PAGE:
People are not wrong to assume that misdemeanor crimes carry less weight than
felonies. Misdemeanor crimes are met with less severe punishments, while
felonies usually involve longer jail time and larger fines. Punishment for misdemeanor
crimes include limited jail time, smaller fines, hours of community service,
and a criminal record. Misdemeanors usually fall under three categories.
1. Class A
Class A misdemeanors are the most serious of the three. An example of this
type of crime is breaking into a vehicle. Punishment for these crimes
usually involves fines of up to a 1,000 dollars and a year of jail time.
2. Class B
These misdemeanors are less serious than class A crimes, but more serious
than class C. They fall roughly in the middle of the two. Crimes of this
magnitude are usually trespassing or street prostitution. Punishments
for class B demeanors involve up to 180 days in jail.
3. Class C
Class C misdemeanors are the least severe of the three. Public intoxication
or gambling are considered class C misdemeanors. Most of the time jail
time is not served and fines are usually less than 1,000 dollars.
Although punishment for misdemeanors are less severe than those of felonies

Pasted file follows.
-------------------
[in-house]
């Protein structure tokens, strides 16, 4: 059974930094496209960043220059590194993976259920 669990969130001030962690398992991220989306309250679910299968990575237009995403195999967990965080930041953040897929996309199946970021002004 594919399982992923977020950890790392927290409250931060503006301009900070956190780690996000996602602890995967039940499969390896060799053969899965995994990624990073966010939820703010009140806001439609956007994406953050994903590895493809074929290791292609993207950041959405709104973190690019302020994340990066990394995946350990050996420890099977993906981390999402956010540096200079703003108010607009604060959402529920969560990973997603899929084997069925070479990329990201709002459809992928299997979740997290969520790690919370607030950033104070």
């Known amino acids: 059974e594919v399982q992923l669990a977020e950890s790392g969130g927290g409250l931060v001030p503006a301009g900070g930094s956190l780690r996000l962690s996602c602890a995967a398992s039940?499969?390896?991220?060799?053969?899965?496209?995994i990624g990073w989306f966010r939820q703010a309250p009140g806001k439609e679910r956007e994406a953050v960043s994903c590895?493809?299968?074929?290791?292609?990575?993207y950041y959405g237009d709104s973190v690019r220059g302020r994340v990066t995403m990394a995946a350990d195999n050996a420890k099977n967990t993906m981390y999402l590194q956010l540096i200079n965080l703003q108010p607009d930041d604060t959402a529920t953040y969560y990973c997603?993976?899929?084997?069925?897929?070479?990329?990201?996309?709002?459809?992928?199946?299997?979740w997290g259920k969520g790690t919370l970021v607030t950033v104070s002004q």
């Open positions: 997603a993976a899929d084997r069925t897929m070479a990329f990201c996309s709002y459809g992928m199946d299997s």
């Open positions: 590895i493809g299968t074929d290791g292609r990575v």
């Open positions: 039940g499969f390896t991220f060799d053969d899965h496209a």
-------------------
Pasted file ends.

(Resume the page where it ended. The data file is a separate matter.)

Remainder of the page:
they are still show up on your record. The most common types of misdemeanors
are listed below.
theft is a large umbrella that can cover a number of offenses. Shoplifting trinkets
and clothes or switching price tags are considered petty theft. If the
price of the item stolen falls higher than the statuary price for that
state it is considered a felony. The statutory limit ranges from state.
- The most common culprits of this crime are heavily intoxicated people leaving
bars and clubs. Exposing your genitals and urinating in public can earn
you an arrest. It doesn’t matter if you were consciously hiding
yourself or relieving yourself in clear sight. Urinating behind a dumpster
or alleyway or in front of passing cars can lead to an indecent exposure arrest.
- In some public spaces it is against the law to be intoxicated. In some
situations an individual under the influence can hide their intoxication
in front of law enforcement. Most public intoxication arrests are made
when people participate in disorderly behavior. This can range from damaging
property to starting fights/riots.
Entering a property that has been restricted to the public is considered
trespassing. Some public areas specify the hours when people can occupy
the space. Being on property during hours where the space should be vacant
is also considered a form trespassing. Being on private property without
permission is also considered trespassing. Punishment for trespassing
also varies from state to state. The punishment for trespassing is usually
less severe than those of other misdemeanors.
If you have been convicted of a misdemeanor and are seeking legal counsel,
feel free tocontact us at Kyle Law.